The book is an English translation from Hebrew of a very popular in Israel guide for parents eager to help their kids to understand math. It reflects the author's unique experience as both a research mathematician and elementary school teacher.
Part 1 discusses the nature of mathematics, its power, its beauty, and the source of the difficulties in studying it. Part 2 introduces the reader into principles of good teaching. Part 3 is an easy going, informal guide, filled with personal stories, historical anecdotes and teaching suggestions, addressing all twists and turns of basic arithmetic taught in grades 1 through 6.
To a mathematics educator, the book sends two important messages. One is that basic mathematics, although unsophisticated, is rather deep, consisting of many neatly aligned layers, none of which can be skipped without the danger of causing "math anxiety"; The other is that good pedagogy depends not so much on various tricks and cognitive theories, but on thorough understanding of basic mathematics and its neatly layered structure. And the book teaches the reader -- a parent, or a teacher -- to really understand the subject and this structure.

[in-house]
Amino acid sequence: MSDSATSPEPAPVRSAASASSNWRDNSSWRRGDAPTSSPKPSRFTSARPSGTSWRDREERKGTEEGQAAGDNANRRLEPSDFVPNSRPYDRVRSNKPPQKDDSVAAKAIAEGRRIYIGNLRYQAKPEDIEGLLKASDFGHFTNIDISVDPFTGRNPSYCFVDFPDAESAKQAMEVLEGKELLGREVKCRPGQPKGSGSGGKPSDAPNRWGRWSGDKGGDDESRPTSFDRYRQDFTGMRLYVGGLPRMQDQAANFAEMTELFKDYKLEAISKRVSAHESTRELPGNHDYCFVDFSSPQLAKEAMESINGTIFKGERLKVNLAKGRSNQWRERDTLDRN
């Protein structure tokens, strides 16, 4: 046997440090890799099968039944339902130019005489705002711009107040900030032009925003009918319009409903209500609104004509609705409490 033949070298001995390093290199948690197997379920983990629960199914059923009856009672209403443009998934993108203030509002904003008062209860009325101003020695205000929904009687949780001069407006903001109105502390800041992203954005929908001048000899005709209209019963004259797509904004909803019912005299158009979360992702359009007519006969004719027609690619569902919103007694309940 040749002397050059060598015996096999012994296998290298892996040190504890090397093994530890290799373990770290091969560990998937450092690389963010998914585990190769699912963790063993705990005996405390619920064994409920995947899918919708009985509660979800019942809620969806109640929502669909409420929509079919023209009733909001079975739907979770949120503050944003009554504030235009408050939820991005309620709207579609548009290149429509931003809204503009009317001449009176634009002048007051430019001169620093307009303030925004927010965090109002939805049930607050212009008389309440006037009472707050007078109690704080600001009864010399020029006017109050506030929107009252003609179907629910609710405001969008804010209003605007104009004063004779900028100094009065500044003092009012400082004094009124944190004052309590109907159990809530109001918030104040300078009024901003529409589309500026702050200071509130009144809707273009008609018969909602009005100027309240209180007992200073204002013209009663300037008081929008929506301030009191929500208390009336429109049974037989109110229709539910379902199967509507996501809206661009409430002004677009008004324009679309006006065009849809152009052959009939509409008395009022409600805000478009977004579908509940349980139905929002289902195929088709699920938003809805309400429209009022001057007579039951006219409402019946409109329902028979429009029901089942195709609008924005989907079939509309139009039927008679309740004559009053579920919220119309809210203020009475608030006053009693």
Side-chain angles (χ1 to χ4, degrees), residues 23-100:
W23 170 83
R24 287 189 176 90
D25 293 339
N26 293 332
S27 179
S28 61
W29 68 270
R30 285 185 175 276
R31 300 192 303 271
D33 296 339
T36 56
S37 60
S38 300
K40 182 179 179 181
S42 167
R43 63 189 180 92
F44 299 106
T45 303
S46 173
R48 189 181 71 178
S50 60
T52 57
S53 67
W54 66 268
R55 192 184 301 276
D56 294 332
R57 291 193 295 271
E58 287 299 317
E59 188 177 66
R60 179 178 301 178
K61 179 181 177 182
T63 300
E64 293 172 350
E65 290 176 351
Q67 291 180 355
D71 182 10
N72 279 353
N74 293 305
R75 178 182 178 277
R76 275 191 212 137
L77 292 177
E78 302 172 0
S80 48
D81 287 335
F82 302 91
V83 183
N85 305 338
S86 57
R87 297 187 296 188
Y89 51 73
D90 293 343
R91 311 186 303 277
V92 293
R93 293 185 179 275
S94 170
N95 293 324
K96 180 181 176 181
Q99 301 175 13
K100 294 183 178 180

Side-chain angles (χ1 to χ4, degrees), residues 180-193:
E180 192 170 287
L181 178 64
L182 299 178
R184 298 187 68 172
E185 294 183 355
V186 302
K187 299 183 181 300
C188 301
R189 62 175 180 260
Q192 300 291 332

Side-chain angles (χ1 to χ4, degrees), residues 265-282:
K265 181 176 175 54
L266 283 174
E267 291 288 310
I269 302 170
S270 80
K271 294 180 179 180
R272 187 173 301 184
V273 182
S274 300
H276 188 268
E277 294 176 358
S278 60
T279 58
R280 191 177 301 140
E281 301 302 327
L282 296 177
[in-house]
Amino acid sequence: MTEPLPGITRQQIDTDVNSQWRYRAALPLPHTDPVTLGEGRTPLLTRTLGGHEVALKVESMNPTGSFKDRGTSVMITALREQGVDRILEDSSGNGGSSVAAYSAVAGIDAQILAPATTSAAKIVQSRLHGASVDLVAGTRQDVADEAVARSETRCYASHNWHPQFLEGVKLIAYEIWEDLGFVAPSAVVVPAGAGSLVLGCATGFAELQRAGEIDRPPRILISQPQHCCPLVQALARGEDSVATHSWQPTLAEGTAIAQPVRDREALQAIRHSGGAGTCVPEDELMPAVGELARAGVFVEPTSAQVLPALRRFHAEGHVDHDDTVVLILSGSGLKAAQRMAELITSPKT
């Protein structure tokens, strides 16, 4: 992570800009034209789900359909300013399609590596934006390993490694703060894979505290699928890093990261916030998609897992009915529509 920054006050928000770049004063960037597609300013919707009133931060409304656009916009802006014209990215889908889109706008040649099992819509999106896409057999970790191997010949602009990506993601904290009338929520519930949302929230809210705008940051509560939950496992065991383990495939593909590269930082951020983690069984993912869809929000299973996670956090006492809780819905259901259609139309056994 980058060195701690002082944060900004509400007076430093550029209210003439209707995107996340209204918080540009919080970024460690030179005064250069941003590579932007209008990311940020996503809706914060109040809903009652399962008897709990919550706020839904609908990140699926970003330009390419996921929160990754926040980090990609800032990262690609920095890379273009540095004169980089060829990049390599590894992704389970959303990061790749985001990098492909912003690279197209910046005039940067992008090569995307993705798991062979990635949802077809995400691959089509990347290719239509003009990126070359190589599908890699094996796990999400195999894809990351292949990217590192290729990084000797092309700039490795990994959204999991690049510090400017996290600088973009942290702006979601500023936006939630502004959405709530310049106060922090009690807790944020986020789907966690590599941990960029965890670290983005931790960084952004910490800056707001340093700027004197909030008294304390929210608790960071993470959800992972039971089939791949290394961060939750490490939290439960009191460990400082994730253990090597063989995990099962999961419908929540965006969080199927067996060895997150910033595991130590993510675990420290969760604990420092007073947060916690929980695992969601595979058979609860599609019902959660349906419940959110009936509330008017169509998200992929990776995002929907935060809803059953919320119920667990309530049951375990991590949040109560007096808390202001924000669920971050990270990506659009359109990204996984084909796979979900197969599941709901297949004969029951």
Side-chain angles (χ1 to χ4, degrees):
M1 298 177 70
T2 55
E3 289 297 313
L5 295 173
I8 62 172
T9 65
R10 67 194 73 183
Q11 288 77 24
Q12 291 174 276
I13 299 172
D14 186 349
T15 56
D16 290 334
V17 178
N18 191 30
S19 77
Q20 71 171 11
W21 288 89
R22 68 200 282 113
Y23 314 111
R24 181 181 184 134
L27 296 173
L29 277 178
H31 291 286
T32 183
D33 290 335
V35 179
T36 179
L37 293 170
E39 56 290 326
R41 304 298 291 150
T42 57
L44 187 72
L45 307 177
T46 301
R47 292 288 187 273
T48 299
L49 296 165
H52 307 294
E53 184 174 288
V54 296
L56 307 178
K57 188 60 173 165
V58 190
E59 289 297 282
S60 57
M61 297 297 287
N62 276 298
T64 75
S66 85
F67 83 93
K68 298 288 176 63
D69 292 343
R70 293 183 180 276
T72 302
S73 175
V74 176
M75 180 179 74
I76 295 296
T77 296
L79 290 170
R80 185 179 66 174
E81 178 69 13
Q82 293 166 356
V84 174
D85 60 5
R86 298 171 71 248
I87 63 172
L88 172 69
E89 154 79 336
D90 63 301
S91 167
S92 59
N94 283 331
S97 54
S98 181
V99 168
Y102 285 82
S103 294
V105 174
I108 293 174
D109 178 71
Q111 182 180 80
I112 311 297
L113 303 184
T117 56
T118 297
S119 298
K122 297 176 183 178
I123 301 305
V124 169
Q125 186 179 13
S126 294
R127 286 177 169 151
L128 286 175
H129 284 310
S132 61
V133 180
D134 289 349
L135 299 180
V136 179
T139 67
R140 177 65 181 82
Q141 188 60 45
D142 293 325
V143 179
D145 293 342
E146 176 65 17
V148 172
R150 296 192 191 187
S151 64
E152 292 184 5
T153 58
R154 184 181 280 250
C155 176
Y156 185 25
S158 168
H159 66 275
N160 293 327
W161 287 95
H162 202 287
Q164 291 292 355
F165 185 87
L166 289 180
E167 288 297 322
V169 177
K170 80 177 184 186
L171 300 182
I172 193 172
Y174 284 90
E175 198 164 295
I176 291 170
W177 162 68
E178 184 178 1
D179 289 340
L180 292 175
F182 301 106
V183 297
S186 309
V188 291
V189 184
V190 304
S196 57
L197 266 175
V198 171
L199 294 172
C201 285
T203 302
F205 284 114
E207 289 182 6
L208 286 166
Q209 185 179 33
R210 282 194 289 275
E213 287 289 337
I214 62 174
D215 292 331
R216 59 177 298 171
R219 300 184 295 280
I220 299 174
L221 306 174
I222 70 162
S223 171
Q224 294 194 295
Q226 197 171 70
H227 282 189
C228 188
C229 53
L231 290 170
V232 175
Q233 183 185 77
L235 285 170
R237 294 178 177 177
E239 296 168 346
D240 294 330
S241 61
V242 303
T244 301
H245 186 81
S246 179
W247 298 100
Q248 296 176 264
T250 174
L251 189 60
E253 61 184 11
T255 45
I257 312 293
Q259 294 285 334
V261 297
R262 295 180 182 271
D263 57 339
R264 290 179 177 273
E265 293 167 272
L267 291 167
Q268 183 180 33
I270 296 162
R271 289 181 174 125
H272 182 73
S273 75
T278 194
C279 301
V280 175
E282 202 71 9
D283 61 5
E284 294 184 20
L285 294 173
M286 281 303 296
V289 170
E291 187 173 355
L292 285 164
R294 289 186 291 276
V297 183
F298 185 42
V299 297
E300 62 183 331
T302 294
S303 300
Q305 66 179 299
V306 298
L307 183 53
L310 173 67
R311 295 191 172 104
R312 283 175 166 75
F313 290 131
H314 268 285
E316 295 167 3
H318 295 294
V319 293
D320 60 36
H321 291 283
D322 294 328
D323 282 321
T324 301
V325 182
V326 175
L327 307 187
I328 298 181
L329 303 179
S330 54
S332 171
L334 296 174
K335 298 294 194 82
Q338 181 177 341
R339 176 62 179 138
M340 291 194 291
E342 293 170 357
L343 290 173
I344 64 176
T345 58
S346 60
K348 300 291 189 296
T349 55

By Alexander Givental, Prof. of Math., UC Berkeley and Sumizdat.
There is a Wikipedia article about the book.
Reviews of the book can be found in: "Opinion" column by Linda Seebach of "Rocky Mountain News" for March 24, 2007; Homeschool Math blog by Maria Miller; "Read This!" column of "Online Book Reviews" by The Mathematical Association of America; the award-winning math web resource "Cut The Knot" by Alexander Bogomolny.